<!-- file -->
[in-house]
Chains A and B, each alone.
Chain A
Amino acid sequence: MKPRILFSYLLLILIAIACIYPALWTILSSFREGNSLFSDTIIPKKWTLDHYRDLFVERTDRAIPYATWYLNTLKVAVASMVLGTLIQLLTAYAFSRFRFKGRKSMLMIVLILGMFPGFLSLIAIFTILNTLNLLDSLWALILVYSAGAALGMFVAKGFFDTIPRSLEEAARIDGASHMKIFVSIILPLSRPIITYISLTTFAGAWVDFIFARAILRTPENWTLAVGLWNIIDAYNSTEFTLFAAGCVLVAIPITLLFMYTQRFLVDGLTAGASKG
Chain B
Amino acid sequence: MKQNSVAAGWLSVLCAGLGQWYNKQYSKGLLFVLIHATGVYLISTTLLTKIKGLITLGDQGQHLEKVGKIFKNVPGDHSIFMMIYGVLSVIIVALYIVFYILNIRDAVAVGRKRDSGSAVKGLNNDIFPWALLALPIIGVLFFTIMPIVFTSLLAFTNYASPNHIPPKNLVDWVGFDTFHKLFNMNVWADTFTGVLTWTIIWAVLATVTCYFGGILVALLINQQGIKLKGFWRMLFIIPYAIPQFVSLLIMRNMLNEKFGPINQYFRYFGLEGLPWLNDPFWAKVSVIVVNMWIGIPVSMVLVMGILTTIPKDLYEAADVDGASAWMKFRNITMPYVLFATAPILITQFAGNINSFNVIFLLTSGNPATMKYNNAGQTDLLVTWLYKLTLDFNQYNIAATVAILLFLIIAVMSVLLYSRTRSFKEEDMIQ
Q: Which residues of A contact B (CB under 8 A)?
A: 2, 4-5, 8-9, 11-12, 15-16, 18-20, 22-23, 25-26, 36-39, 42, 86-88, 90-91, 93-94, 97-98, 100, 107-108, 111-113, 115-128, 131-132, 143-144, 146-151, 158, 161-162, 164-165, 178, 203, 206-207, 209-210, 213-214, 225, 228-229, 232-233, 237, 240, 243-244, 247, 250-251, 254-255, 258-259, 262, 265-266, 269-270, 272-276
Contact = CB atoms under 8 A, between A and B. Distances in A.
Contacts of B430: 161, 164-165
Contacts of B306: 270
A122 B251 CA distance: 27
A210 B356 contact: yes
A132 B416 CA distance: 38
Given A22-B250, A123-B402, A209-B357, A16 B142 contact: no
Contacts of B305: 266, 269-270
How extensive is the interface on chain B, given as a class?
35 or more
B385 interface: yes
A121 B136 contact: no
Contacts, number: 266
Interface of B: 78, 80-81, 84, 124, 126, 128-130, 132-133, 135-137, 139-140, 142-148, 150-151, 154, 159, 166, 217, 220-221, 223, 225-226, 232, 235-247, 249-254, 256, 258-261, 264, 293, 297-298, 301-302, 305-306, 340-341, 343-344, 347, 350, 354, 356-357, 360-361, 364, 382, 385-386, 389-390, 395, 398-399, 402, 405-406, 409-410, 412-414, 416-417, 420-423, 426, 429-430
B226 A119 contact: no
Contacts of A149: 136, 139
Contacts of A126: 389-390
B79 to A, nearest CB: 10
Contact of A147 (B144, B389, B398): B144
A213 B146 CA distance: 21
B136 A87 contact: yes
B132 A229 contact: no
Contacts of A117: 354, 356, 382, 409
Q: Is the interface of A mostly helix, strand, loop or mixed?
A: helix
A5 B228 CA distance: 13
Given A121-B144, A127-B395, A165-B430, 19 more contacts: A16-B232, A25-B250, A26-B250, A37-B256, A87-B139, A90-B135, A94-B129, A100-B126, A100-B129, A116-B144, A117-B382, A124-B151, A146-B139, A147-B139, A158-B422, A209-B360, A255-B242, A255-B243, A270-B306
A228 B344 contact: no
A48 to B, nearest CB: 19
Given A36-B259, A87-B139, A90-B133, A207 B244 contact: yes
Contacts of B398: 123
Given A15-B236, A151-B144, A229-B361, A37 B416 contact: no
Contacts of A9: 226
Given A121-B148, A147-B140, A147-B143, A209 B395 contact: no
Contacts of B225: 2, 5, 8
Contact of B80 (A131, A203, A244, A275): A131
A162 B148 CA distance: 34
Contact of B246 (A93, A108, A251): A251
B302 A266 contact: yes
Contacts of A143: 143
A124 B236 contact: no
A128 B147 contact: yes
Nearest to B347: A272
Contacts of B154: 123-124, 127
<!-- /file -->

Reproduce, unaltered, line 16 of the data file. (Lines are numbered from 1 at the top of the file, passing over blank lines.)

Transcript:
Contacts of B305: 266, 269-270